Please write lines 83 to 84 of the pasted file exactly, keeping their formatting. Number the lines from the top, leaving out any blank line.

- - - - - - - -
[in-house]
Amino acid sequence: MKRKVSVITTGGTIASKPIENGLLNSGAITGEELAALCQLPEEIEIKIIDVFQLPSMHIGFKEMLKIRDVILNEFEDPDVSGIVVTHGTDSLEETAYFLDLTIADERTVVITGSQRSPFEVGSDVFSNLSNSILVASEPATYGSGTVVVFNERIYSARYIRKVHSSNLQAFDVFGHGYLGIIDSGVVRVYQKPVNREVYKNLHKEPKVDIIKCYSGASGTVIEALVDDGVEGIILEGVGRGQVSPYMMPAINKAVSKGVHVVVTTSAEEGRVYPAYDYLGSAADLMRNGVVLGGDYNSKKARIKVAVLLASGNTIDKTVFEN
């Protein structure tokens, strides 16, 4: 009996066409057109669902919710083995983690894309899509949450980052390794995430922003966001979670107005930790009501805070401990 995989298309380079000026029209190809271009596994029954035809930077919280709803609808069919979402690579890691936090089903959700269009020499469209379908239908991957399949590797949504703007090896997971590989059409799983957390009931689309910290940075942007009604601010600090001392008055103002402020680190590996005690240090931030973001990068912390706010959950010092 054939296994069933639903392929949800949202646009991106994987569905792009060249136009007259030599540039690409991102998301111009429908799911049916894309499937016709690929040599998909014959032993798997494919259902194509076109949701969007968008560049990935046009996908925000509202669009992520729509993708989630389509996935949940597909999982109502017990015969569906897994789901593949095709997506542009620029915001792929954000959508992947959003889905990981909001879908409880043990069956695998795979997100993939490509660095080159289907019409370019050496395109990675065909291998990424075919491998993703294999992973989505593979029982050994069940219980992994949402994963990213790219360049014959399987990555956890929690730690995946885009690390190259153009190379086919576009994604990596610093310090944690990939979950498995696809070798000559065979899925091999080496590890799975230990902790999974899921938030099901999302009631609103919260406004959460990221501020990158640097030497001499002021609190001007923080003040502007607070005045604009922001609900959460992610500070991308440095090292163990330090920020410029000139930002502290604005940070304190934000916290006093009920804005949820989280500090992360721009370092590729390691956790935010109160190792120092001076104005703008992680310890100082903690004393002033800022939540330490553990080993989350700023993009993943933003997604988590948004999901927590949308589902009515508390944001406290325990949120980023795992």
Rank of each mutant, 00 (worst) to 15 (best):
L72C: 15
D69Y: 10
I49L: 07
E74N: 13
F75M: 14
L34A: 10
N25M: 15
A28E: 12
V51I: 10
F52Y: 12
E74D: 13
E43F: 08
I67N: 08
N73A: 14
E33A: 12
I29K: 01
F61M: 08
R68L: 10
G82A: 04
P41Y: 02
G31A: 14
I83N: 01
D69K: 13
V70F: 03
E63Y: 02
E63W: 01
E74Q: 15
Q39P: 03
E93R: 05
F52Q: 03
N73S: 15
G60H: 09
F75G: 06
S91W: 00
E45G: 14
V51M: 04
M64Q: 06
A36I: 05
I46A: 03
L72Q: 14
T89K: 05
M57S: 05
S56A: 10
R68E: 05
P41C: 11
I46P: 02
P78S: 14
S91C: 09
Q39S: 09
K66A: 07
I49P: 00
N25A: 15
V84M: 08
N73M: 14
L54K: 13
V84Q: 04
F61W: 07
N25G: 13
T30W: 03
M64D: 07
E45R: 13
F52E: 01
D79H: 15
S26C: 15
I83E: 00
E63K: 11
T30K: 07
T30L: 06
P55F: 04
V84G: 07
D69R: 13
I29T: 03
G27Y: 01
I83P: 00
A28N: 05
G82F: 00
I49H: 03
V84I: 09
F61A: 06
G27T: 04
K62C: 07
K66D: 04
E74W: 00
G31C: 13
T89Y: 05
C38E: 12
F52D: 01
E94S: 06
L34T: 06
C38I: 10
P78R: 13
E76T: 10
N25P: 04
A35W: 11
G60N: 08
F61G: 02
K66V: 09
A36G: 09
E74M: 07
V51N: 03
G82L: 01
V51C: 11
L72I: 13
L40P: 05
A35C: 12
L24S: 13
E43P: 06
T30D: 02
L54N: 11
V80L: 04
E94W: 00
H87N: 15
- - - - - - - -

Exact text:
F61A: 06
G27T: 04